Remembering Mrs. Copeland

During the fall of 2015, Kimmons Junior High lost yet another beloved staff member — Patricia Copeland. Just 56 when she passed suddenly on Nov. 2, Mrs. Copeland was more than just a secretary behind a desk. She was a mother, friend, and caring wife. Having grown up in Fort Smith, Mrs. Copeland started her education at Sutton Elementary. She attended Kimmons, graduated from Northside High School in 1978, and then studied at UAFS, which, at the time, was called Westark Community College.

Mrs. Copeland left behind her husband Samuel and sons Sam Jr. and Corey, as well as her Kimmons family. Mrs. Linda King, secretary, worked with Mrs. Copeland for several years in the front office and remembers when Sam Jr. and Corey attended Kimmons.

“My most recent memory was our walk together for the Cancer fund in memory for Assistant Principal Norwood,” Mrs. King said. “Mrs. Copeland was a friendly lady with a big smile to welcome people to Kimmons. She had a big heart and cared about people. Most of us never knew about all the things she did to help others. She did a lot of volunteering for the Boys Club too.”

Because of Mrs. Copeland’s dedication to helping others, she received the Volunteer of the Year award from The Jeffery Boys and Girls Club. She was also President of Washington Cemetery. Not only was she a secretary, but Mrs. Copeland also worked at Superior Federal Bank, KHBS TV 40/29, and used to own Trisha’s Floral Creations.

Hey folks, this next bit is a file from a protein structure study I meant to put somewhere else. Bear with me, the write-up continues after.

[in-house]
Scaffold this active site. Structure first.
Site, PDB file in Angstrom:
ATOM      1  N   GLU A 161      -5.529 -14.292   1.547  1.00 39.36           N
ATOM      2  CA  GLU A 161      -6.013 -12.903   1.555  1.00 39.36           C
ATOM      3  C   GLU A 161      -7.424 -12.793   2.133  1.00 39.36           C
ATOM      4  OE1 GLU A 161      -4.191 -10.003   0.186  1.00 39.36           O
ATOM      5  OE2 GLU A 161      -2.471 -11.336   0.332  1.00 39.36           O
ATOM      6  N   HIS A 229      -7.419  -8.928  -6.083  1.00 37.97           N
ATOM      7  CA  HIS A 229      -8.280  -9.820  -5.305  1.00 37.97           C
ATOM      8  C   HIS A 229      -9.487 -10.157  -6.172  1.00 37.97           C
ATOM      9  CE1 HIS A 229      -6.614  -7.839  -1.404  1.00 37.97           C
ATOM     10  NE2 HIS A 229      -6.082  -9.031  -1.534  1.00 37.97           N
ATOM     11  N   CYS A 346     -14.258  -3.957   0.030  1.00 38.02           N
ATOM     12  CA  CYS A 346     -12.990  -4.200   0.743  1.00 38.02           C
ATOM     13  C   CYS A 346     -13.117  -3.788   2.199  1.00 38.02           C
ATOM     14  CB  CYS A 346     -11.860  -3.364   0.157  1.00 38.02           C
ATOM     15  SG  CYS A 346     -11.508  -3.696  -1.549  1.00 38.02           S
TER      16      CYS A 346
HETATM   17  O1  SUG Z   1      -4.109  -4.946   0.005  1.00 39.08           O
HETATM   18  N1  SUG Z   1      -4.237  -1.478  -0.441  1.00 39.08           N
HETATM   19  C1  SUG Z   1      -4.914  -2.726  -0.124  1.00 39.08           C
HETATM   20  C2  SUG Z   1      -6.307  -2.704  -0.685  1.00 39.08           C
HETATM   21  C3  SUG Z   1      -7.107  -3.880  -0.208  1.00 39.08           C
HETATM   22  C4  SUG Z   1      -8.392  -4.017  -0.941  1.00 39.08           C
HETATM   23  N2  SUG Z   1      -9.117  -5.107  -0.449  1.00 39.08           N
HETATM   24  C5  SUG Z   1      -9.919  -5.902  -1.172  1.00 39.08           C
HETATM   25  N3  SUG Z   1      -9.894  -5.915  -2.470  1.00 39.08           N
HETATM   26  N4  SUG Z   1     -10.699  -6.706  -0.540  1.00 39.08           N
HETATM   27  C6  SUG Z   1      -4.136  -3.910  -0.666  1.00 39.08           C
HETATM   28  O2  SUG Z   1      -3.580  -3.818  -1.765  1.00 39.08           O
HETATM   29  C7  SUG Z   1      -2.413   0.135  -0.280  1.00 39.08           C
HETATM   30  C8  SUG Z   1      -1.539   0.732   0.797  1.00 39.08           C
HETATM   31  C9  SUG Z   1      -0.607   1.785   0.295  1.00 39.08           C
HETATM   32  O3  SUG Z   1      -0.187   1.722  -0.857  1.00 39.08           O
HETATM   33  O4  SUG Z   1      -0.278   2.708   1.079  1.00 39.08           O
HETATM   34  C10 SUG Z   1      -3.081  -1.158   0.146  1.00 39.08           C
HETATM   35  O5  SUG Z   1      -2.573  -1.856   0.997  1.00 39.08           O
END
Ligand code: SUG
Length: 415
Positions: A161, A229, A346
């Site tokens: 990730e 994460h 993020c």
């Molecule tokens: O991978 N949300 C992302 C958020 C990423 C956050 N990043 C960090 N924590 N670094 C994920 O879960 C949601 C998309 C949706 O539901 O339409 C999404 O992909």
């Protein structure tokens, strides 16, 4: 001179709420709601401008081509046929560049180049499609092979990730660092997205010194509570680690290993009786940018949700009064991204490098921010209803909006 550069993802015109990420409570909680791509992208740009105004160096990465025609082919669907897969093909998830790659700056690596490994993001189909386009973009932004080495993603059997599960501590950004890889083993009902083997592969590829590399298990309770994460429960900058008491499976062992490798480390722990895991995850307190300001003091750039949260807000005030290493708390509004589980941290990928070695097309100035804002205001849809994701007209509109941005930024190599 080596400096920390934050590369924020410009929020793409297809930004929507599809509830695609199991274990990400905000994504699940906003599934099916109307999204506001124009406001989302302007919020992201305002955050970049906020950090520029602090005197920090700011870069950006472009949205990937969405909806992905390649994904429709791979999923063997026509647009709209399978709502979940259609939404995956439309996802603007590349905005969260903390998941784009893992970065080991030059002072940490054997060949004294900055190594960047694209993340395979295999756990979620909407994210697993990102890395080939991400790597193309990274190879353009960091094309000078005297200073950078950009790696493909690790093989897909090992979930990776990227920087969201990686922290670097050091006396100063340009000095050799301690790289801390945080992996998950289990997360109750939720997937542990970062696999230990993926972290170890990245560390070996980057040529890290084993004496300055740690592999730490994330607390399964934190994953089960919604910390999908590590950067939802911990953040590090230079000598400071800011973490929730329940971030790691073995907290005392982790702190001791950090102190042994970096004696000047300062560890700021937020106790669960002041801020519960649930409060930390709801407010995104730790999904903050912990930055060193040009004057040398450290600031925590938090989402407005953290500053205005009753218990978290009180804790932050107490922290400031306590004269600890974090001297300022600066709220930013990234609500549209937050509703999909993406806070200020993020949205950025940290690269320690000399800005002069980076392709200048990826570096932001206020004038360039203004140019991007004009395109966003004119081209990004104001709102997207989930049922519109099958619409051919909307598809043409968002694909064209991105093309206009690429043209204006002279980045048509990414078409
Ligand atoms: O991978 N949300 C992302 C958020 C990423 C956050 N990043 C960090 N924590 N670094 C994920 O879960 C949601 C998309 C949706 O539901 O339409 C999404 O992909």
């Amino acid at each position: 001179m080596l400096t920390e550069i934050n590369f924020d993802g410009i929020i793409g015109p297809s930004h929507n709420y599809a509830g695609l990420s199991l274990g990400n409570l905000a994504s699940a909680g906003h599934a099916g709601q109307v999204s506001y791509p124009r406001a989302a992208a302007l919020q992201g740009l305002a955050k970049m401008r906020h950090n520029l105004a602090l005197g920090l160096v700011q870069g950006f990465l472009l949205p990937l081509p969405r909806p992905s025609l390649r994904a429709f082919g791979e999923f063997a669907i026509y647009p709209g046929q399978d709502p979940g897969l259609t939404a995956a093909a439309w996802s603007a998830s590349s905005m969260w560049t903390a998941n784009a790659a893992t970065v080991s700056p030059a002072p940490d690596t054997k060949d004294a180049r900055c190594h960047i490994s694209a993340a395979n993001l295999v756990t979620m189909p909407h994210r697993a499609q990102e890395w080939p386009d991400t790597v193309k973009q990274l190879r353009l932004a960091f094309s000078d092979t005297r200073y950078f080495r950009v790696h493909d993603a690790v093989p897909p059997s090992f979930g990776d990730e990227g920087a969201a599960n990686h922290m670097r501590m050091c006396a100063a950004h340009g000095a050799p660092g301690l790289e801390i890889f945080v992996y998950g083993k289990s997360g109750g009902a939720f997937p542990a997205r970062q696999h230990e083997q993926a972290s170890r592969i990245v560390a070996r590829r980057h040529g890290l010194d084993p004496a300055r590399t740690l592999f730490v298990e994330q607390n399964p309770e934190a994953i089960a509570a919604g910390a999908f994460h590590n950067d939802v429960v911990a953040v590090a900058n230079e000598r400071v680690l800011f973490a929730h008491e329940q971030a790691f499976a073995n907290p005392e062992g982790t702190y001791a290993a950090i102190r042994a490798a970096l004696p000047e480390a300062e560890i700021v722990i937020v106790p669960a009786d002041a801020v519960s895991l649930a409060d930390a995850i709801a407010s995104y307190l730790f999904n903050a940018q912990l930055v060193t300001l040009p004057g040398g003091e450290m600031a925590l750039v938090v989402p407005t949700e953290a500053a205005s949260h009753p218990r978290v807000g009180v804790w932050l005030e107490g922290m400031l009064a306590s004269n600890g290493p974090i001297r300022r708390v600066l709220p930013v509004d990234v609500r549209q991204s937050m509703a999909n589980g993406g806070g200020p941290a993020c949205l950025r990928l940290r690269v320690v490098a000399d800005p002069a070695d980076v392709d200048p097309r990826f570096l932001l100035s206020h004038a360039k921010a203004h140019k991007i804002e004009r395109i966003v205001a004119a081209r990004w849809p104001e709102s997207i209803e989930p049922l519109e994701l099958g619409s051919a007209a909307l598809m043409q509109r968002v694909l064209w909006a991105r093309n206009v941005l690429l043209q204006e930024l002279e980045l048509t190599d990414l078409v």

“Mrs. Copeland was a strong presence as a face for Kimmons in her position as receptionist,” Principal Watkins said. “She brought a great knowledge of the community to her position.”

A long-time local resident, business owner, and volunteer, Mrs. Copeland was also an amazing friend to many.

“My best memory of Mrs. Copeland was the time we would spend after school talking and sharing,” Dr. Gray said. “We forged a special bond that only the two of us could share. Together we laughed and were even known to cry together as well. We would get so tickled about something and would not be able to control ourselves. We shared moments that only close friends or sisters could share. I remember her genuine smile and her creativity. She was, indeed, one of a kind.”

Mrs. Copeland left an impact on the lives of those surrounding her. She was an inspiration to many and was encouraging to others.

“I miss her friendship, her smile and the little laughs we shared,” Mrs. King said. “People we work with often became close to us like family because we spend so much time together. We shared together about our families and our daily experiences in life. I still think of things I want to tell her.”

When people entered Kimmons, the first thing they saw was Mrs. Copeland and her bright smile.

“I miss Mrs. Copeland sitting at the front desk with that smile of hers and her greeting me daily,” Dr. Gray said. “She was an excellent receptionist and her presence there is sorely missed. It is still difficult for me to go to the front office because I just expect her to be there. . . and she is not. That is the hardest part for me to bear.”

Mrs. Copeland liked to support others during harsh times. She put others before herself.

“I would describe Mrs. Patricia Copeland as a very compassionate person who cared a great deal for our students and staff,” Dr. Gray said. “I have witnessed her going above and beyond her duty to lend a helping hand. She was often misunderstood by others, but I know that she wanted to do what was right by all. She was very spiritual and tried to walk with God in every aspect of her daily life. Her family was most important to her and she would do anything to show that she truly cared.”